Ran Carthon: “I never run away from competition.”

Growing up watching his father play professional football, Ran Carthon found a passion for the game and knew he wanted to follow in his dad’s profession but blaze his own path to glory. So when his family moved from Osceola, AR to Key West, FL and he began playing high school football, Carthon hoped to be recognized for his efforts on the field rather than his father’s famous last name.

He received that recognition from the Florida Gators and committed to wear orange and blue throughout his college career. After working hard to earn time on the field and being given a second chance to shine under head coach Ron Zook, Carthon led Florida in rushing in 2003 with 595 yards and six touchdowns (he also caught 21 balls for 185 yards and another score).

He played in 48 games with 11 starts over his career, running for over 1,300 yards on 270 carries and scoring 12 total touchdowns.

Now a professional scout with the Atlanta Falcons, “The Mayor” (a nickname he was given in college for knowing everyone in Gainesville, FL) is not only still involved in football but also constantly working on ways to give back to the community.

Carthon sat down with OGGOA last week for a 45-minute exclusive interview that touches on his life growing up, advice for recent Gators commits, time at Florida, playing in the NFL and the newest charitable venture he is involved in, the Florida Players Network.

ADAM SILVERSTEIN: What was it like playing high school football in Key West? Did you find it was hard to get recognized?
RAN CARTHON: “Living in Key West was awesome and amazing; we had a lot of community support. Kind of like most football stories you hear, it was a small town community that really rallies around their high school sports. In terms of being recognized, honestly it was something we never thought about. We played a lot of Miami schools – and those schools had talented players – so we knew if we wanted to get on scholarship that we had to dominate those guys in order to get our recognition.”

AS: Did you feel any added pressure either living your life as the son of a well-known NFL player (New York Giants and Super Bowl-winning fullback Maurice Carthon)?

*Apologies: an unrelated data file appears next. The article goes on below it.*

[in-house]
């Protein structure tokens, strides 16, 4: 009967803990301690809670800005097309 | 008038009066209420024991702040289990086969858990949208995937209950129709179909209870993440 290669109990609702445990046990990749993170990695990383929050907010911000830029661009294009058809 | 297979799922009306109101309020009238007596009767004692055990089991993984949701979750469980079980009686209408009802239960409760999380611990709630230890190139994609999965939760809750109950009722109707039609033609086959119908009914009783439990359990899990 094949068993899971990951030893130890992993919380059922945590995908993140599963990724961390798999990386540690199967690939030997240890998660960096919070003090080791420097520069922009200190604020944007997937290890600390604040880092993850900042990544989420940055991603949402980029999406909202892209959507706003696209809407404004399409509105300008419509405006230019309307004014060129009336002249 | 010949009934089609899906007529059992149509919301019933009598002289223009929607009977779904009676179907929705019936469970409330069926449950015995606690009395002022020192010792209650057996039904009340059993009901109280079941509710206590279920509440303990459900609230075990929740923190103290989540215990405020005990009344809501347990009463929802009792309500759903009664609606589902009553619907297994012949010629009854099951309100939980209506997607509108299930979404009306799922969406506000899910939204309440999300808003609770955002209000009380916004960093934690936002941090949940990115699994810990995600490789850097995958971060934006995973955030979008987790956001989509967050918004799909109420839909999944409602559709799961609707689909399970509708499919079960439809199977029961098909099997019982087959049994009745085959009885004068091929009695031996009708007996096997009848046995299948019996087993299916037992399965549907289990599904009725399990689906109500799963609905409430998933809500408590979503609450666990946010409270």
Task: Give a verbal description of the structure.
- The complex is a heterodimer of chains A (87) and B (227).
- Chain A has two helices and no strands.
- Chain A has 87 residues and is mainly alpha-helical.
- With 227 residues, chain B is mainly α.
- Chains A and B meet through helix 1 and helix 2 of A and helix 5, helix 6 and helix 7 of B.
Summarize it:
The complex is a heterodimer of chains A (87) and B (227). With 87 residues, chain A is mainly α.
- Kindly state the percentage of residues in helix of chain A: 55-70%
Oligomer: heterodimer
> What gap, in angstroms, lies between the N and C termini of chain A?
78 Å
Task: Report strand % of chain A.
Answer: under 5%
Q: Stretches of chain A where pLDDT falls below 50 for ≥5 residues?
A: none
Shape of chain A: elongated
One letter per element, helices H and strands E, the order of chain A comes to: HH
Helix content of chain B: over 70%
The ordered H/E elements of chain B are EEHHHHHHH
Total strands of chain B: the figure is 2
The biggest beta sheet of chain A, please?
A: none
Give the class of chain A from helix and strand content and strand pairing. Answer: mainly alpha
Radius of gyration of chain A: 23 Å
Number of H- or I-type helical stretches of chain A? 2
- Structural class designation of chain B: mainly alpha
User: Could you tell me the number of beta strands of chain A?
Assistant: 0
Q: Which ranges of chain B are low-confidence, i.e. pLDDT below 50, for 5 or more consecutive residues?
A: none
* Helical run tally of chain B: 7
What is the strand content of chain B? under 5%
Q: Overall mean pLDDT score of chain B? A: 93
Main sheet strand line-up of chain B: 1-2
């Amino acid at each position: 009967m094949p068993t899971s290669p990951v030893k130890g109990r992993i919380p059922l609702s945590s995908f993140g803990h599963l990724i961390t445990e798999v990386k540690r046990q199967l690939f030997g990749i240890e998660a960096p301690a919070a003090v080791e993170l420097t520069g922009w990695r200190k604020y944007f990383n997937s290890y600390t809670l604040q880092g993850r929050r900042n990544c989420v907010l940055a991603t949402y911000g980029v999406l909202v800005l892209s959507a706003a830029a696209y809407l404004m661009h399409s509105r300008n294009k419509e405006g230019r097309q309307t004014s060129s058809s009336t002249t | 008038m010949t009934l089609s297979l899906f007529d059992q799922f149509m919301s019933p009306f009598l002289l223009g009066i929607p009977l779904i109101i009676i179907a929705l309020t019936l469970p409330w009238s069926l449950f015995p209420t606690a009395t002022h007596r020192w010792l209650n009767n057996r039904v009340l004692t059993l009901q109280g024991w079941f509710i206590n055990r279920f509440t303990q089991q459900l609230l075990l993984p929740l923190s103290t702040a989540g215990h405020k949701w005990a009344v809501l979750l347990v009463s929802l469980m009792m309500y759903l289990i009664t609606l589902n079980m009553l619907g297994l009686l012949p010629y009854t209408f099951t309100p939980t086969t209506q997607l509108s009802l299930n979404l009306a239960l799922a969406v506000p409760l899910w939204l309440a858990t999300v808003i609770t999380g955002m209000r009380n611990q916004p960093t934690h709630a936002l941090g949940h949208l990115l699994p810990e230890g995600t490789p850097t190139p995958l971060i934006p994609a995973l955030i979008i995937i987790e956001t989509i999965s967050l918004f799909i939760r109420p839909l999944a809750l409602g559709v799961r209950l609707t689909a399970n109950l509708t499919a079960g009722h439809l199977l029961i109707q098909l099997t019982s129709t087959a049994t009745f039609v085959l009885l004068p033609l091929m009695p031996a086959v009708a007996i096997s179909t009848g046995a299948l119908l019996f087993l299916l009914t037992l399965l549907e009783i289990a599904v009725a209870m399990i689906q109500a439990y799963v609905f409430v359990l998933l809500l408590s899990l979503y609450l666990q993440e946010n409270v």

RC: “For me it was always like I wanted to create my own identity. Earlier on I fought against everything you read about – ‘son of former Giants player’ – and I wanted to establish myself and let people know that I can play this game. That was the initial thing. As I got older, I realized that I was fighting a losing battle. My dad is who he is and my talents would be recognized because of him because of the gene pool. After a few years, I gave up on that fight.”

AS: Florida has Bryan Cox, Jr. committed for 2012 and just earned a verbal pledge from Kelvin Taylor. Do you have any advice for those guys on how to live and play in the “shadow” of their respective fathers?
RC: “I would just say be who you are. The player that you are has gotten you to this point, gotten you recognized by elite schools. I’ve been following Kelvin since his eighth grade year as a senior at Glades Day. I’m very familiar with him and that’s just more so because of how much of a fan I was of Fred [Taylor]. Fred and Terry Jackson were probably two of the main reasons why I selected to go to UF. I thought under [Steve] Spurrier they were allowed to show everything they could do as backs. I had offers from schools that were predominately running the ball, but I felt like I was more versatile than that. For those guys – Bryan Cox, Jr. and Kelvin Taylor – those guys need to embrace who their father is but at the same time continue to do what got them to where they are.”

Read the rest of our interview with Ran Carthon…after the break!
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